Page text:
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    Understanding millennial patients and staff

    This generation wants to engage more, and preferably digitally

    Millennials, also known as Generation Y, can drive Generation Xers and baby boomers crazy. Many Gen Xers and Boomers don’t embrace those young, fresh faces because their approach to life is so foreign. Whether your practice wants to market to millennials or you need to hire them to be part of your eyecare team, understanding these up-and-comers is the key a successful relationship.

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    Millennials, Americans born between 1980 and 1994, are the largest generation in the United States. They exceed the large baby boomer generation and are poised to be the largest generation in world history. Currently, they represent one-third of the total U.S. population in 2013.1 With approximately 92 million people in their ranks, millennials will become influencers of politics, the economy, and societal trends. Their influence is already being felt. By 2017, millennials are projected to spend roughly $200 billion annually and $10 trillion, cumulatively, over their lifetimes in the United States.2 Buying power means that advertising will be tailored to them in both content and delivery.

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    Appealing to millennials

    While they will be spending billions of dollars annually, getting millennials to value your product and invest in it is a little tricky. The mean income for this generation has dropped by five percent over the last 10 years, and its student loan debt has more than doubled.3 With less disposable income, they’re driven to make purchases out of necessity.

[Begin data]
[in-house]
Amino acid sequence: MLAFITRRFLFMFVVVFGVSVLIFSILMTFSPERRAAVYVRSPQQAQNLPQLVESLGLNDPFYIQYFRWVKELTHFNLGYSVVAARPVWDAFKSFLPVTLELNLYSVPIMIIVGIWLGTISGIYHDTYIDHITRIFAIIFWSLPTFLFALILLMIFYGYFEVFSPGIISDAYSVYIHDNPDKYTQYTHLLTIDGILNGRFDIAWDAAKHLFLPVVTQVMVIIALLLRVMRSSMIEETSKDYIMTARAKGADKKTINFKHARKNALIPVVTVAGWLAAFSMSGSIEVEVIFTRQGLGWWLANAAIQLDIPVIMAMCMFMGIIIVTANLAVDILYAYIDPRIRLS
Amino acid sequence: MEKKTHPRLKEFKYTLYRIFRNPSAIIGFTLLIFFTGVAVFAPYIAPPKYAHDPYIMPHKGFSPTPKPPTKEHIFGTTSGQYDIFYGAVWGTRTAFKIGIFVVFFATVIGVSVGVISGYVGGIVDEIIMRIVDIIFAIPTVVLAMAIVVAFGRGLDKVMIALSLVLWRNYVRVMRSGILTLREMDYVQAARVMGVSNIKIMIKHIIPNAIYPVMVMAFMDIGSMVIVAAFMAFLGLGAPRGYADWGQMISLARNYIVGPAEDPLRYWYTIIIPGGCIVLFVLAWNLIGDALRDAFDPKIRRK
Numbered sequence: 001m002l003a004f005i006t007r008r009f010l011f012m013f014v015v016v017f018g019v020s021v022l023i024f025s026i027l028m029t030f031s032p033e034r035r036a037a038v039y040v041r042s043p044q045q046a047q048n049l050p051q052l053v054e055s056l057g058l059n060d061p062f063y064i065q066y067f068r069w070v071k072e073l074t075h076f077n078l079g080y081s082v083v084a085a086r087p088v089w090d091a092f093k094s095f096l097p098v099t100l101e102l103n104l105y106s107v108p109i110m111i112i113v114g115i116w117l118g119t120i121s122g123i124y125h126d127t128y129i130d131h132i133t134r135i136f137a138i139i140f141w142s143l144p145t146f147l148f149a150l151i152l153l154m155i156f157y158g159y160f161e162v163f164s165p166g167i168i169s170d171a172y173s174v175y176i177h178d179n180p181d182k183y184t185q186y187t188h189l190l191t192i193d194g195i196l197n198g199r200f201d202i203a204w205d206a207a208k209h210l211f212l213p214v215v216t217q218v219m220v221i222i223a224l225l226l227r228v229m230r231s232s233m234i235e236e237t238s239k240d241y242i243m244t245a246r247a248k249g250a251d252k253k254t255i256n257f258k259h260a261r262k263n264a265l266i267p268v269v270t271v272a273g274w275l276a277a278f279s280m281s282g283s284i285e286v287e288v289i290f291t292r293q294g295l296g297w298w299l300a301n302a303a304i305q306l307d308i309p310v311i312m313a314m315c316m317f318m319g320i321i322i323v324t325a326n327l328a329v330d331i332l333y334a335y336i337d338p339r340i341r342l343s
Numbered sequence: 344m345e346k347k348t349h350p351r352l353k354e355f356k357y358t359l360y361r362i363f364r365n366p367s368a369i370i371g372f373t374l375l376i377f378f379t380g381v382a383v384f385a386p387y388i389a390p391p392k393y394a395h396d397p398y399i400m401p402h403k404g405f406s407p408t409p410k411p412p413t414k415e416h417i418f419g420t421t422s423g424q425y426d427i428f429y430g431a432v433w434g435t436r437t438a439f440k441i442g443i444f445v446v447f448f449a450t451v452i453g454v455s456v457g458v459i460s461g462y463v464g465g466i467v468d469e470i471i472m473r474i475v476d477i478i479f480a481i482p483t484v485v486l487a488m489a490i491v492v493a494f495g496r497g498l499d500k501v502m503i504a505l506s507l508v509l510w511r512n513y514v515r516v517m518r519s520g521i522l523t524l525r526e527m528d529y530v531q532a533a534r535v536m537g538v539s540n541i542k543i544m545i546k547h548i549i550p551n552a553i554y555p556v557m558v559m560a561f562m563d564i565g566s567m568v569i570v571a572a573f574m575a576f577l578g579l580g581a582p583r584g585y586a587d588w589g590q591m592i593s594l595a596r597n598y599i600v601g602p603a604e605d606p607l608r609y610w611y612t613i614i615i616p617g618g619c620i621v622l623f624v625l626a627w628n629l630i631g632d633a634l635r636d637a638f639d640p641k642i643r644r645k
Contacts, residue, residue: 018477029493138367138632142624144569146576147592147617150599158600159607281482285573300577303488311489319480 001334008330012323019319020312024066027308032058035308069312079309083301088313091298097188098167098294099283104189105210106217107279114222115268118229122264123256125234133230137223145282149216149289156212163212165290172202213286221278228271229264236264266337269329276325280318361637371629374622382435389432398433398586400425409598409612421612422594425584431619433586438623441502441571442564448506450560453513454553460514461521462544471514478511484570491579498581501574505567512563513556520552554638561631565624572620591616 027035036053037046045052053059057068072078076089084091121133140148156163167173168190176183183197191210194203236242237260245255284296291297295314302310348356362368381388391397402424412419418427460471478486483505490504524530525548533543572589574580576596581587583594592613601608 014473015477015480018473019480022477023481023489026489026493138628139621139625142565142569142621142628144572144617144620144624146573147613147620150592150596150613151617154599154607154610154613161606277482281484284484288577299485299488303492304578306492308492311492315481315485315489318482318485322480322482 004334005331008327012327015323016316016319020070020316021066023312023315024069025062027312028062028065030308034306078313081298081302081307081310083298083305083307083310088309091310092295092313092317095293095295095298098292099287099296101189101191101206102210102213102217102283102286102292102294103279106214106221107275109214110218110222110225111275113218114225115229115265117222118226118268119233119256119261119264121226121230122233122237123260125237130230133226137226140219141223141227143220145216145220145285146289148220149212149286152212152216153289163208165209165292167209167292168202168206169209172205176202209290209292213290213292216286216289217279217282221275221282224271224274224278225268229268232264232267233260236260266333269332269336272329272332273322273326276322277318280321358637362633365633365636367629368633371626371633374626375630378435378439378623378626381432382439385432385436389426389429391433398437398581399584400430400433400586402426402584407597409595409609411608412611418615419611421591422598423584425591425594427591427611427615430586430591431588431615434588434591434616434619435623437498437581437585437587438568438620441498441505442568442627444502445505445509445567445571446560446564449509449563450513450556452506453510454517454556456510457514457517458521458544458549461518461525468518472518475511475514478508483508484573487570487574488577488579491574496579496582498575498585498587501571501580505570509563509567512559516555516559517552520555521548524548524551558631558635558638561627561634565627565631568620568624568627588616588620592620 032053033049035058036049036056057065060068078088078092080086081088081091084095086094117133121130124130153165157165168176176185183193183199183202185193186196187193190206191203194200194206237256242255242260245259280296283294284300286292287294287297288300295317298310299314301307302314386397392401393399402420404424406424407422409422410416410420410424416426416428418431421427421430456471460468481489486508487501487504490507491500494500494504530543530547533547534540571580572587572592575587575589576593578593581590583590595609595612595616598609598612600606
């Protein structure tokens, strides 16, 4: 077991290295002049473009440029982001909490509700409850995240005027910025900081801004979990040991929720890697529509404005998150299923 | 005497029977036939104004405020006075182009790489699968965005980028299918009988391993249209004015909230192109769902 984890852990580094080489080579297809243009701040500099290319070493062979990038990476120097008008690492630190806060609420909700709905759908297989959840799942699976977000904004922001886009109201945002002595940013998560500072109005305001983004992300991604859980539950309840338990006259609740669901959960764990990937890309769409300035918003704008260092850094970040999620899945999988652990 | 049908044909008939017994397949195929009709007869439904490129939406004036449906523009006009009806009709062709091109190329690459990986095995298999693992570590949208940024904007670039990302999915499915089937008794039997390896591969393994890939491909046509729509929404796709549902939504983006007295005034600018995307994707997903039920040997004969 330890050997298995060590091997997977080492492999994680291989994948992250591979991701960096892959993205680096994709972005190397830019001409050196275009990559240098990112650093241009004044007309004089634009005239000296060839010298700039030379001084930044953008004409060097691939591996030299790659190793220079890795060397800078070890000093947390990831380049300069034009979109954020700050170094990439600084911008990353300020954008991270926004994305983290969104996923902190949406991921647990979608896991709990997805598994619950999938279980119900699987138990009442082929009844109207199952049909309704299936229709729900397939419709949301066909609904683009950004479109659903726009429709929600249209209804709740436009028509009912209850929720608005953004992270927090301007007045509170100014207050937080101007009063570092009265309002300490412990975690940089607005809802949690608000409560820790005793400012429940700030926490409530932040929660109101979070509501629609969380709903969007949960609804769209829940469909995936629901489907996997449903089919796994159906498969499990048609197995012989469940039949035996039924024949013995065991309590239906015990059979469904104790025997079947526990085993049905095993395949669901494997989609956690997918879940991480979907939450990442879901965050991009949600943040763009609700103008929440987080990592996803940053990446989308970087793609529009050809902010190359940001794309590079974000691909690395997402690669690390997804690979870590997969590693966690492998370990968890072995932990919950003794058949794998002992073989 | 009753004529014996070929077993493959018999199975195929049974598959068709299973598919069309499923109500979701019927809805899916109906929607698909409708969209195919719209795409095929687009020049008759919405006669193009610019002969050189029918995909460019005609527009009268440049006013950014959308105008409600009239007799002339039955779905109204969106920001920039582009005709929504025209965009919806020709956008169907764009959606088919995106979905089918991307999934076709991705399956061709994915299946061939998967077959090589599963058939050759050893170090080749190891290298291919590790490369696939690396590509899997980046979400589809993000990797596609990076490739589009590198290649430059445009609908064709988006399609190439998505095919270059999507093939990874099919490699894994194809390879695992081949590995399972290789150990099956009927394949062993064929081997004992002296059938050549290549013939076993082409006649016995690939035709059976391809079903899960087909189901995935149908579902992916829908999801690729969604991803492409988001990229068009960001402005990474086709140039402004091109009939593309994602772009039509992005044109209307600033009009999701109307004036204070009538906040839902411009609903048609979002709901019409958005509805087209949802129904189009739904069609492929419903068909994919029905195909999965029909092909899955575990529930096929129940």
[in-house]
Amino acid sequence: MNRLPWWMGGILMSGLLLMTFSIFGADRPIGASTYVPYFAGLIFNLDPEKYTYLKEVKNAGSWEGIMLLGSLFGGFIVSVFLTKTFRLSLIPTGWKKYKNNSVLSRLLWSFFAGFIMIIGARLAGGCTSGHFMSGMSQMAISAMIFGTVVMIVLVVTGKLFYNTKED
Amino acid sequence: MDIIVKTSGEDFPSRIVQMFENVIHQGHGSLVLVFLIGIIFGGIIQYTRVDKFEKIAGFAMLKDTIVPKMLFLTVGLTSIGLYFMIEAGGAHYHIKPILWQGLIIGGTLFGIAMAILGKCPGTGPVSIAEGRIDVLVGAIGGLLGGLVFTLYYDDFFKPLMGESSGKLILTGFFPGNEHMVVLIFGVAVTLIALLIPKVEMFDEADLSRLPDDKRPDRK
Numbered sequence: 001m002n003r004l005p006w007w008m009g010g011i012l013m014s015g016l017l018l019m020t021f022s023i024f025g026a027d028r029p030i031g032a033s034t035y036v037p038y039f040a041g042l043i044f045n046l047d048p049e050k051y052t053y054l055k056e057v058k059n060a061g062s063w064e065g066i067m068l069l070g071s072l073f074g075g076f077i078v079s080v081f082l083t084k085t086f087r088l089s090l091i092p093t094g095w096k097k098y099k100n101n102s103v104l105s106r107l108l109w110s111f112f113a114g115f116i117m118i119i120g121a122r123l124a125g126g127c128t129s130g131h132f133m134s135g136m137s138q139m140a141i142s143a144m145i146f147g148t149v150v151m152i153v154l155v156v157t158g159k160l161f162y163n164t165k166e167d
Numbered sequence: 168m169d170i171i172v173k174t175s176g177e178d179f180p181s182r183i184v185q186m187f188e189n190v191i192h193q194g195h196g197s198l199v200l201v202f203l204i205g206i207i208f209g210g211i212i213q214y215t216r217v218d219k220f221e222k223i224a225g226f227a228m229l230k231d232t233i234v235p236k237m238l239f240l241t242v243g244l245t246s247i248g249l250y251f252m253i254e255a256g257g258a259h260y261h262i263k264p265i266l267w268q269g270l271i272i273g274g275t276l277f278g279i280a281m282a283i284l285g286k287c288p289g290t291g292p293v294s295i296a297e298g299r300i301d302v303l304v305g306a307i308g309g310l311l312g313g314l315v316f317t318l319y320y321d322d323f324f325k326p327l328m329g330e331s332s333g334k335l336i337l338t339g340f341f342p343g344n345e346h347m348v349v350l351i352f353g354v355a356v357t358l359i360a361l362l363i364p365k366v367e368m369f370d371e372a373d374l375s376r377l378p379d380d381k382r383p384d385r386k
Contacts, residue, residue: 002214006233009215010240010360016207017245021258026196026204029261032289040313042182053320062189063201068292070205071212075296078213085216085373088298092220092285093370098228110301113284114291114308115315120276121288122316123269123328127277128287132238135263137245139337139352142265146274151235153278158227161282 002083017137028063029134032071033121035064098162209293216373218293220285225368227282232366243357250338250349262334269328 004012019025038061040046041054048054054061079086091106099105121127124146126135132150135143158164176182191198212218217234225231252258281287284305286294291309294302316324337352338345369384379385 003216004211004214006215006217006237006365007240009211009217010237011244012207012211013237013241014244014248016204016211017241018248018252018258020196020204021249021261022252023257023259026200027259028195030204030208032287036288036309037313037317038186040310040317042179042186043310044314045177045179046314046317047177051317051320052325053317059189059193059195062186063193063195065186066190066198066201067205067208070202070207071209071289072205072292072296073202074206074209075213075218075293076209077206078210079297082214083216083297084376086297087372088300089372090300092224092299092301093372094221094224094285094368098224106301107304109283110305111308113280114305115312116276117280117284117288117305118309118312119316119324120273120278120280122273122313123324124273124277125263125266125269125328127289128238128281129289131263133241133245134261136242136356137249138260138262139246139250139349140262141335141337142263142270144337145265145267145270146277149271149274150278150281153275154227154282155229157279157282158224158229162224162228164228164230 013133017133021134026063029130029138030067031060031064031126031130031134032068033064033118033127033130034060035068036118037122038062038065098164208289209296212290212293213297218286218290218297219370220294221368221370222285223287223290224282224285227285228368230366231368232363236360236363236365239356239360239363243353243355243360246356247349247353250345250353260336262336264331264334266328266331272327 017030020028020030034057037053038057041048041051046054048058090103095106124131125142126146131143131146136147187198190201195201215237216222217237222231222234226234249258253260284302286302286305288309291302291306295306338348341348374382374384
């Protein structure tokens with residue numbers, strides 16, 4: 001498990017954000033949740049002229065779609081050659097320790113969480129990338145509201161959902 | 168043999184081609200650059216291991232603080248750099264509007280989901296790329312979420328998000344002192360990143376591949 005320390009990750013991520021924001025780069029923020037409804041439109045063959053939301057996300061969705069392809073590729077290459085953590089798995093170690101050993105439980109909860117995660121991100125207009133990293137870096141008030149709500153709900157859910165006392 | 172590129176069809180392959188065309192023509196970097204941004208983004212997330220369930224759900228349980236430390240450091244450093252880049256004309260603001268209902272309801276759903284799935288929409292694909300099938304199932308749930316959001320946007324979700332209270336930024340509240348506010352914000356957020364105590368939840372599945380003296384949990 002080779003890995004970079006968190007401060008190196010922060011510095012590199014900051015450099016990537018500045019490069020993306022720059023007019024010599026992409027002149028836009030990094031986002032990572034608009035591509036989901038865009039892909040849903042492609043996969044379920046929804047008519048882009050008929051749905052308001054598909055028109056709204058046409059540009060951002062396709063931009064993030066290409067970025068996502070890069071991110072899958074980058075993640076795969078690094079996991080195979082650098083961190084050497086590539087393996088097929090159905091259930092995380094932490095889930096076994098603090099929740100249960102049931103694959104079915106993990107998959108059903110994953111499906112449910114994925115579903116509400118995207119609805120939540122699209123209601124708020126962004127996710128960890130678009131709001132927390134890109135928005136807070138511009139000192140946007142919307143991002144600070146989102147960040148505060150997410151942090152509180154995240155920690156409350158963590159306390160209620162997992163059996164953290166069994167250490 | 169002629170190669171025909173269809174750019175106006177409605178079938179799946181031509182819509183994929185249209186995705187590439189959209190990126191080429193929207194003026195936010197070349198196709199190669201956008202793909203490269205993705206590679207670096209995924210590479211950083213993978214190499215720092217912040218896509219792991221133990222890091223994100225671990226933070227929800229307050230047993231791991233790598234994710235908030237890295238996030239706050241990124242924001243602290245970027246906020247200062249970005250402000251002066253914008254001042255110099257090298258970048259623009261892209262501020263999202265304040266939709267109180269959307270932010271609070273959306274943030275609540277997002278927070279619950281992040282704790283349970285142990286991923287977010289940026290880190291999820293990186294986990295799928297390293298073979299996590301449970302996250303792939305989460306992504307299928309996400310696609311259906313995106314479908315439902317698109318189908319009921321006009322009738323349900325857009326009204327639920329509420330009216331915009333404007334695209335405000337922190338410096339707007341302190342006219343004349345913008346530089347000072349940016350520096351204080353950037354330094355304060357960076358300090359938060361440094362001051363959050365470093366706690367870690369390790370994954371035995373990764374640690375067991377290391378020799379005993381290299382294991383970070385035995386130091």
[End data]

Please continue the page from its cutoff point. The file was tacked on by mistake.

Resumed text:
The question is, how do you make your practice and products a necessity? Brands aren’t as critical for this generation. They look for value and quality over the name on the label. Stocking a boutique optical with the likes of Tom Ford, Jimmy Choo, and Oliver Peoples may not draw crowds of this generation like it would Xers and boomers. Only nine percent of millennials strongly agree that they always try to by a branded product.

    More from this issue: Why patients are choosing eyecare apps over you

    Rather than brand names, millennials seek brand love. They want to build a relationship with companies based on helping a greater good. Some 50 percent of millennials would be more willing to make a purchase from a company if their purchase supports a cause.4 Toms, a forward-thinking company founded in 2006, was one of the first to welcome the “one for one” concept. For every pair of Toms shoes purchased, the company promised to deliver a pair of new shoes to a child in need in one of many countries around the world. In the first six months, the company received nine times the available stock, and 10,000 pairs were sold.5

    Toms was one of the first companies to embrace the kind of corporate responsibility that appeal to millennials in a big and public way. It is joined by other companies like Fetch Eyewear who donate 100 percent of profits to animal rescue”6 and Warby Parker’s “buy-a-pair, give-a-pair program.”

    Next: Reaching out to millennials

    Whitney Hauser, OD
    Dr. Whitney Hauser received her Doctor of Optometry degree in 2001 from Southern College of Optometry, where she completed a ...


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